Wave-particle duality visualized in quantum movie

March 27, 2012
interference pattern

Quantum interference pattern from phthalocyanine molecules (credit: Juffmann et al./Nature Nanotechnology)

An international team of scientists has shot a video that shows the build-up of a matter-wave interference pattern from single dye molecules. The pattern is so large (up to 0.1 mm), it can been seen with a video camera.

The video visualizes the dualities of particle and wave, randomness and determinism, and locality and delocalization in an intuitive way.

Physicist Richard Feynman once claimed that interference effects caused by matter-waves contain the only mystery of quantum physics, as he explained in another video (below).

Understanding and applying matter waves for new technologies is also at the heart of the research pursued by the Quantum Nanophysics team around Markus Arndt at the University of Vienna and the Vienna Center for Quantum Science and Technology.

This is a high-tech version of the double slit experiment, which illustrates wave-particle duality. The wave nature of matter causes the dye molecules passing through the nano grating to interfere, producing the bright and dark vertical bands seen in the video — a result that would not be expected for discrete particles. However, the molecules are always detected as discrete particles (the dots seen in the video).

A quantum premiere with dye molecules as leading actors

The video shows the build-up of a quantum interference pattern from stochastically arriving single phthalocyanine fluorescent-dye molecules after they traversed an ultra-thin nanograting. These represent the most massive molecules in quantum far-field diffraction so far.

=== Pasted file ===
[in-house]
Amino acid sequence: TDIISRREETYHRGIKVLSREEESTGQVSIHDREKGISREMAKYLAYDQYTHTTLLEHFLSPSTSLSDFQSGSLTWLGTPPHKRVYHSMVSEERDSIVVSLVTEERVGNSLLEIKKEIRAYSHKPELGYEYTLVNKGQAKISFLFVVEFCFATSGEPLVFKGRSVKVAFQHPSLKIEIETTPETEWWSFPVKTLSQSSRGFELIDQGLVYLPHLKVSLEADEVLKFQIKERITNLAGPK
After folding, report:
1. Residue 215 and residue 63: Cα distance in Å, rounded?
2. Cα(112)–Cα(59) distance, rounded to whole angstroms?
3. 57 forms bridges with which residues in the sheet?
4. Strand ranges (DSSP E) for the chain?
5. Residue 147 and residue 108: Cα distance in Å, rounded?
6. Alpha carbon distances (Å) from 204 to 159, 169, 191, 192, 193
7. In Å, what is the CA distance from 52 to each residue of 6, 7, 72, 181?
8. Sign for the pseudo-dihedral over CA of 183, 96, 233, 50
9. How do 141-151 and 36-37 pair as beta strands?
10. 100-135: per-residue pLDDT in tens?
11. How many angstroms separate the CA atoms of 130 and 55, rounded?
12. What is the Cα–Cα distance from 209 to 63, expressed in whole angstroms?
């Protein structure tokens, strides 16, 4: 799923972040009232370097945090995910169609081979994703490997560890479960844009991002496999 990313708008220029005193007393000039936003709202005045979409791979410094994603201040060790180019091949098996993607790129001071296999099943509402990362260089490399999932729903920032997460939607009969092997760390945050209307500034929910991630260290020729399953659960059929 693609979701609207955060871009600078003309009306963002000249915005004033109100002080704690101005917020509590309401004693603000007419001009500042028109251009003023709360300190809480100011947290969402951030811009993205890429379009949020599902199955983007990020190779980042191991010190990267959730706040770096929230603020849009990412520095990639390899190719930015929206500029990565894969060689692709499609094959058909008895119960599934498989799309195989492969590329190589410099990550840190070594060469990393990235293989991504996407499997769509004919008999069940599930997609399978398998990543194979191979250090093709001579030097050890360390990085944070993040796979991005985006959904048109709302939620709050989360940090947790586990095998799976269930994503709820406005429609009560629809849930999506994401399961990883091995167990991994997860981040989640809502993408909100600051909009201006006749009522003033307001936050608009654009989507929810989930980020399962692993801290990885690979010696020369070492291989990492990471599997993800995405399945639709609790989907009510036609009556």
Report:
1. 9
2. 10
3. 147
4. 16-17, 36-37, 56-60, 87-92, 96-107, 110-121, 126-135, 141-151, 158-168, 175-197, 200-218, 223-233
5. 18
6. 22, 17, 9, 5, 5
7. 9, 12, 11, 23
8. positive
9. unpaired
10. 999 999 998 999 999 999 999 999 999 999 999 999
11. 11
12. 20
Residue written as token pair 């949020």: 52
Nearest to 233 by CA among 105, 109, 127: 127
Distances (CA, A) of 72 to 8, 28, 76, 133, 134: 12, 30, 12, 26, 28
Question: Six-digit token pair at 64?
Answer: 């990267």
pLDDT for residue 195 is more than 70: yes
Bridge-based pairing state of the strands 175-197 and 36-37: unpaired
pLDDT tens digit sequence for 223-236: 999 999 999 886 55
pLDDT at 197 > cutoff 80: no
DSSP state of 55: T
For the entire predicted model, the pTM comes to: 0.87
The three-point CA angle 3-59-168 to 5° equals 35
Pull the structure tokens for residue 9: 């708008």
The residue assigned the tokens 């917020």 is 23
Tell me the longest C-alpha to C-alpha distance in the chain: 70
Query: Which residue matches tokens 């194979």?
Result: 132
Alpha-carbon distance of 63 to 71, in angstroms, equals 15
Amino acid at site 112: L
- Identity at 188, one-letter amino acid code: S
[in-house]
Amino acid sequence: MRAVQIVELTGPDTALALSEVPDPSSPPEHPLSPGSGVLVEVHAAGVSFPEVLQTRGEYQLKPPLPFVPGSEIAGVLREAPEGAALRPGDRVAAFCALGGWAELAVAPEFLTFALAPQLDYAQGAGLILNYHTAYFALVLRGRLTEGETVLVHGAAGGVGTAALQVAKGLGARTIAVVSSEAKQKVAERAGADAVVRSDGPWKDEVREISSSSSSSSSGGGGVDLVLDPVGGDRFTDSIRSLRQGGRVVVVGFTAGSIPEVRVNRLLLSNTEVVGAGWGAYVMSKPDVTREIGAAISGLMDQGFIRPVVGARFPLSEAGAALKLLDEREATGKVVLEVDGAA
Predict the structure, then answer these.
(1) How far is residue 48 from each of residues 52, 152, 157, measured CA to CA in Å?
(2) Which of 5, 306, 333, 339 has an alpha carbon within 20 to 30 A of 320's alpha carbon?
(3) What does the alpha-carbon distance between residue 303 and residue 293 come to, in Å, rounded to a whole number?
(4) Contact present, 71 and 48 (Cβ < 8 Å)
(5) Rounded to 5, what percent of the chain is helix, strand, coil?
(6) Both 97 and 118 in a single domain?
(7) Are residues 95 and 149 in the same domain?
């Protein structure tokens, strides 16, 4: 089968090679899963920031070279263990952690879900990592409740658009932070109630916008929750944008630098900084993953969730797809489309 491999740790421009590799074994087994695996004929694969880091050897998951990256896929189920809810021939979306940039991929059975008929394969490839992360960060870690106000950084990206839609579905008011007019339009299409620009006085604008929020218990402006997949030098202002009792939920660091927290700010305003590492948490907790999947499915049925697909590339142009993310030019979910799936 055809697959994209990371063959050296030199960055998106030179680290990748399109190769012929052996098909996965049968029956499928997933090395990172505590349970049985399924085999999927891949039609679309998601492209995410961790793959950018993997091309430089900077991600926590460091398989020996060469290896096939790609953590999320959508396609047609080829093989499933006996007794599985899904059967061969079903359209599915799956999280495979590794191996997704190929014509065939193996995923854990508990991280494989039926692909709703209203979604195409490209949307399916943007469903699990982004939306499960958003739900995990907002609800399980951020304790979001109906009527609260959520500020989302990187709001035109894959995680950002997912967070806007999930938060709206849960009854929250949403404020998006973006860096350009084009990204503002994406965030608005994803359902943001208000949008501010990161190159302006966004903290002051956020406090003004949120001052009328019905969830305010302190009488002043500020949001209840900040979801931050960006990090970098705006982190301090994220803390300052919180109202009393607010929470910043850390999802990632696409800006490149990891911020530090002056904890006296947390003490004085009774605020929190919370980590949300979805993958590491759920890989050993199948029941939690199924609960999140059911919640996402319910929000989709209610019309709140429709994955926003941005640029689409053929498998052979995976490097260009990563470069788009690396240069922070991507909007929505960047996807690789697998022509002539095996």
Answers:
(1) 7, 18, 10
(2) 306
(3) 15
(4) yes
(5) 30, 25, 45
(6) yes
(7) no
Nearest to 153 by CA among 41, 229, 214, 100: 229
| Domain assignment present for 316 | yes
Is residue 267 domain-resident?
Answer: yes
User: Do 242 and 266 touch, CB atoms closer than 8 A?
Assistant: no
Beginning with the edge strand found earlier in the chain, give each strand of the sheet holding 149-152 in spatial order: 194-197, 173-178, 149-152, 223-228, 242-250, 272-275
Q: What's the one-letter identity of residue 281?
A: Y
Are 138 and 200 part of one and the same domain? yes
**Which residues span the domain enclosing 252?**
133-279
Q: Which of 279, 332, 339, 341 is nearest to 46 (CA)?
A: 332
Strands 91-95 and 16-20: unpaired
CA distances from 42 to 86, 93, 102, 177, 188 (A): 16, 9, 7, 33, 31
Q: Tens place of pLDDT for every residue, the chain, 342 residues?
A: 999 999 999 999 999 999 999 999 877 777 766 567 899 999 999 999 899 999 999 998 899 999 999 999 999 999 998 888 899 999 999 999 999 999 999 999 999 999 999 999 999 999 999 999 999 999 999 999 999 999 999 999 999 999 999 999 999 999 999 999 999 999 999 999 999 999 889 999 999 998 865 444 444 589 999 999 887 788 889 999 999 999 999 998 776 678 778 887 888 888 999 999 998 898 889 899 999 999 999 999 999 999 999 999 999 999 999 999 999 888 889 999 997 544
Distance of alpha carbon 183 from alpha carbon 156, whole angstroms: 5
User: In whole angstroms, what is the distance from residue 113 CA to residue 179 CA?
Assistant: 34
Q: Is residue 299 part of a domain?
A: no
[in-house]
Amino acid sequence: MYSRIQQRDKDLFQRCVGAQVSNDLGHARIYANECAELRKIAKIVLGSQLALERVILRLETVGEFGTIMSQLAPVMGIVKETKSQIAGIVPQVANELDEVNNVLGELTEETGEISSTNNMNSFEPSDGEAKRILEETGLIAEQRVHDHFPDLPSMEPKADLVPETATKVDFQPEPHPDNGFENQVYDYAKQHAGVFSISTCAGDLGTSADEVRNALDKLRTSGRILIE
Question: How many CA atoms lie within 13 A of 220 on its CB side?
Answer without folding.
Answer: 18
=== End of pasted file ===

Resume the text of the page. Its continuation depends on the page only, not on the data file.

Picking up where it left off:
The researchers used a spatially resolving fluorescence microscope whose sensitivity is so high that each molecule can be imaged and located individually with an accuracy of about 10 nanometers.


Buildup of quantum interference (credit: Juffmann et al./Nature Nanotechnology)

In these experiments, van der Waals forces between the molecules and the gratings pose a particular challenge. These forces arise due to quantum fluctuations and strongly affect the observed interference pattern. To reduce the van der Waals interaction, the scientists used the 10 nanometers gratings.


The chemical structure of the phthalocyanine dye molecule (credit: Juffmann et al./Nature Nanotechnology)

These new technologies for generating, diffracting and detecting molecular beams will be important for extending quantum interference experiments to more and more complex molecules and for atomic interferometry, according to the researchers.

The experiments reveal the single-particle character of complex quantum diffraction patterns on a macroscopic scale that is visible in real time. The experiments also allow for studying molecular properties of solids and point the way towards future diffraction studies of atomically thin membranes.

Ref.: Thomas Juffmann, et al., Real-time single-molecule imaging of quantum interference, Nature Nanotechnology, 2012; [DOI: 10.1038/NNANO.2012.34] (open access)

In this video, Richard Feynman explains the interference effects caused by matter-waves in the classical double slit experiment.